The Biden administration has canceled the sales of three major offshore oil leases in the Gulf of Mexico and off the coast of Alaska, blocking the opportunity to drill for oil in over 1 million acres amid soaring gas prices in the United States.
The Interior Department said that due to “lack of industry interest in leasing in the area,” it will “not move forward” with the proposed Cook Inlet oil and gas lease sale 258 in Alaska, in a statement to news outlets.
“The Department also will not move forward with lease sales 259 and 261 in the Gulf of Mexico region, as a result of delays due to factors including conflicting court rulings that impacted work on these proposed lease sales.”
Among the voices opposing the cancellations was former Vice President Mike Pence.
“Gas Prices are the Highest Ever Recorded and the Biden administration cancels an Alaska oil and gas lease sale? This has got to stop. Unleash American Energy Joe!” Pence said on Twitter.
Federal law requires the Interior Department to adhere to a five-year leasing plan for auctioning offshore leases. The current five-year offshore drilling program is due to expire at the end of June; the department had until then to complete the lease sales. Although federal law requires the Biden administration to prepare a replacement plan before it can hold new oil and gas lease sales, it has yet to release any such plan.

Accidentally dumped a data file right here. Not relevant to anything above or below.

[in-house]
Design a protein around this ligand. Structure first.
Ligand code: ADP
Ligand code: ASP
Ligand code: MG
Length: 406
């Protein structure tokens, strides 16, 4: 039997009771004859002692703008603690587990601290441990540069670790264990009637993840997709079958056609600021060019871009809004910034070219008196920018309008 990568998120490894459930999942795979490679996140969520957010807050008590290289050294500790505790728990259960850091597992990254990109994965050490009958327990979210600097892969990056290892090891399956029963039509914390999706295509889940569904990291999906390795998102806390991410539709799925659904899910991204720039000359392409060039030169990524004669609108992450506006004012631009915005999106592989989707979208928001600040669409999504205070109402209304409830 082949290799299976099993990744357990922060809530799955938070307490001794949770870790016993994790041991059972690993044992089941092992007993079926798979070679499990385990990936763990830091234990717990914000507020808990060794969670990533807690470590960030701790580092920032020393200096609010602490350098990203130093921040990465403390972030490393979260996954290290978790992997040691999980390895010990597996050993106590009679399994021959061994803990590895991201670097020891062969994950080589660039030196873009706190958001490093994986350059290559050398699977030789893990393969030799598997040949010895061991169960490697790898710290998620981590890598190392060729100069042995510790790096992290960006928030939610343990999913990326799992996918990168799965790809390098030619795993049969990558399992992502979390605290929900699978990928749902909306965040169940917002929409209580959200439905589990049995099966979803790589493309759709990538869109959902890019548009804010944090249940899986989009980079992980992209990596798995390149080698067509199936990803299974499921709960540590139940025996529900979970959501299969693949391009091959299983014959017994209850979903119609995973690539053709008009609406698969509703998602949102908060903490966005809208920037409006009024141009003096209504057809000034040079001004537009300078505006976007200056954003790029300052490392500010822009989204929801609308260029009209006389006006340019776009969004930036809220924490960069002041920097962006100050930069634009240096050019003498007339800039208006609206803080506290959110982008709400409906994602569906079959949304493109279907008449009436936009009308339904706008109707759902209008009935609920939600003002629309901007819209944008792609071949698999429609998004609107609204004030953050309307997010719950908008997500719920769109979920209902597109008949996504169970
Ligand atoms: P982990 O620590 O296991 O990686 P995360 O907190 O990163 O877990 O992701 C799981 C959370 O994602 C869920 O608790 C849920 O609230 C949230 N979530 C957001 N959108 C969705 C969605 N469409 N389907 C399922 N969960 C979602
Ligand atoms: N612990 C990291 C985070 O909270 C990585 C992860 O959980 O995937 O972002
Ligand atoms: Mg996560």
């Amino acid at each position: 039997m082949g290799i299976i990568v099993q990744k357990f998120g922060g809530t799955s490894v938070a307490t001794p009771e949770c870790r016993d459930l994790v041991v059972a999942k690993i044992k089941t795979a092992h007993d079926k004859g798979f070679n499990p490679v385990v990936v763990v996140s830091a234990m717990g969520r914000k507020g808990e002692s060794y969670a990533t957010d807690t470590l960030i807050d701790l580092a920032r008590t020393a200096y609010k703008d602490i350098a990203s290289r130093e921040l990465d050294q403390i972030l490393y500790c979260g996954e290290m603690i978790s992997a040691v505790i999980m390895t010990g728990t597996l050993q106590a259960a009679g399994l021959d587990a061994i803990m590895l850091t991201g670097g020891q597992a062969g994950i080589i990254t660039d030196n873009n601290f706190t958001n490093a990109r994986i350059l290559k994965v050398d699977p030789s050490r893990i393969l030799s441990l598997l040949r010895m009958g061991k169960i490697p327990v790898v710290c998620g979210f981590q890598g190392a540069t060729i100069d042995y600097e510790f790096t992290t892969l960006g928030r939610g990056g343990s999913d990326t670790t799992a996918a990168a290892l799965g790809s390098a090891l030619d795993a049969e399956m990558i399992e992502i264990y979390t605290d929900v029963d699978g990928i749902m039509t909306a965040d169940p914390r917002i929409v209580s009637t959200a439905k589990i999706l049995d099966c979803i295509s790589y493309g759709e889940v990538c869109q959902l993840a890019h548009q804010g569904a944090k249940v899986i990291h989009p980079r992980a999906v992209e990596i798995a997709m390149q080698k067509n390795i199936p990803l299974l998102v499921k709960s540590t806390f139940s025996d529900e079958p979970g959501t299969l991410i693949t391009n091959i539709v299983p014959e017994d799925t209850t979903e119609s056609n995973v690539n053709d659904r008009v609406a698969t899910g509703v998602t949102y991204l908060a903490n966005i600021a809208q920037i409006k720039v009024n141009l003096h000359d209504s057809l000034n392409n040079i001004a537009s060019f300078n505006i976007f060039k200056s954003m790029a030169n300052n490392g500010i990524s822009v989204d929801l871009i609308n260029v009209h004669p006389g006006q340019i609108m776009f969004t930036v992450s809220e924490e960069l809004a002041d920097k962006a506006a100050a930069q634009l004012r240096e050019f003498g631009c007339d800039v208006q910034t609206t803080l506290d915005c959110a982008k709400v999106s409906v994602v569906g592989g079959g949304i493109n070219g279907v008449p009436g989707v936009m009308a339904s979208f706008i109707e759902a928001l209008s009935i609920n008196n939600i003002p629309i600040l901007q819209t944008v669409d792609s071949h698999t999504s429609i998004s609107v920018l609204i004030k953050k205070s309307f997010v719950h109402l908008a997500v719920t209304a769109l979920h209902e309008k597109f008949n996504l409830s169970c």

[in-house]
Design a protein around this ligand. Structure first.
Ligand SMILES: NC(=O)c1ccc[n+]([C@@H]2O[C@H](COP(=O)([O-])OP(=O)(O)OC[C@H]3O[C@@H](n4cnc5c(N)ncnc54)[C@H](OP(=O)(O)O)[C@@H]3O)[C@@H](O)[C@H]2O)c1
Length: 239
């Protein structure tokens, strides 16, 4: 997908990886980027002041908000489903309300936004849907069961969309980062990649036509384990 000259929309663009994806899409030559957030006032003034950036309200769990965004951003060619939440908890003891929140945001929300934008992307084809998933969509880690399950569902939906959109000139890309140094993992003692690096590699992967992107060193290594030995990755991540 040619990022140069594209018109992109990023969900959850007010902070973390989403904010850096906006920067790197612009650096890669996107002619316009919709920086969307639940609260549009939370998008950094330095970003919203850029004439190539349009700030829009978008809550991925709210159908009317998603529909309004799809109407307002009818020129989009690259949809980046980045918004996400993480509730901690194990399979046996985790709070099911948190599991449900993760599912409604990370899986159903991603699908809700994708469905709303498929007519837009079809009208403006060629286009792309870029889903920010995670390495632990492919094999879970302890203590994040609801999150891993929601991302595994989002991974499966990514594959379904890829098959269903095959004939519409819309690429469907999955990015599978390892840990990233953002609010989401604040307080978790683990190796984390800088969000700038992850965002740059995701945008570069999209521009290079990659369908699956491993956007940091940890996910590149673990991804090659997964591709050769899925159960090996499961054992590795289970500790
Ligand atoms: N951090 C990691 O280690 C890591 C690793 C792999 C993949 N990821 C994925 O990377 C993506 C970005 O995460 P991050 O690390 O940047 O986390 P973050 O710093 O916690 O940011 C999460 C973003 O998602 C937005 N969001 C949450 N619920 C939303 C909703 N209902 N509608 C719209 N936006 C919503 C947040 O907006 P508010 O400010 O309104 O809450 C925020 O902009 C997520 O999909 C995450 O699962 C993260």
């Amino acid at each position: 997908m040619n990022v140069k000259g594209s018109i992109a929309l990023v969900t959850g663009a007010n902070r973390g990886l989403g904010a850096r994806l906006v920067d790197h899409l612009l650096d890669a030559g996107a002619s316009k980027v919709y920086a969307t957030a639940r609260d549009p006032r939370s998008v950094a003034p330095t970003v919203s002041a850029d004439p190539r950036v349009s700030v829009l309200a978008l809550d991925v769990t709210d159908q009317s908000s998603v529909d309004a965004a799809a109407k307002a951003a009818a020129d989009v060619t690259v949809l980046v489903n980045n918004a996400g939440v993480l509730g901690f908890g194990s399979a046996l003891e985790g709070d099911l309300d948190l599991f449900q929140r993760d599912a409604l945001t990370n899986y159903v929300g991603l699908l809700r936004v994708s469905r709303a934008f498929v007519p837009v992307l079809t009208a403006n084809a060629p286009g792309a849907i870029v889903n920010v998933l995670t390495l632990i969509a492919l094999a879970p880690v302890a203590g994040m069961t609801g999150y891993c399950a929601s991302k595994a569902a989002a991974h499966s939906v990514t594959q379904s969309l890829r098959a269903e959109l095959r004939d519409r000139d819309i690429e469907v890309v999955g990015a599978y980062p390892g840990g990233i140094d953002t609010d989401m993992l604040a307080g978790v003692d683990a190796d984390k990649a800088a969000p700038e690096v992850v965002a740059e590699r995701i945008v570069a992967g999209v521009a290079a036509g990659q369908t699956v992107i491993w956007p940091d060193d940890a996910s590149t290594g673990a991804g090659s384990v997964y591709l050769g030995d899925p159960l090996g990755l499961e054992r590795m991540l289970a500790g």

A total of 11 lease sales had been planned under the current five-year program, of which seven have been held successfully.
In January, a federal judge in Washington blocked the sale of offshore oil and gas drilling leases across some 80 million acres of the Gulf of Mexico—lease 257—ruling that the environmental review that underpinned the sale was flawed. The Biden administration did not appeal the ruling. The auction of lease 257 held in November by the Interior Department was the largest offshore oil and gas lease auction in U.S. history.
The Biden administration’s latest move to cancel offshore oil leases comes as gas prices in the United States hit another record high of $4.404 on May 11, according to AAA, just a day after hitting an earlier high of $4.374, while crude oil continues to remain above $100 per barrel.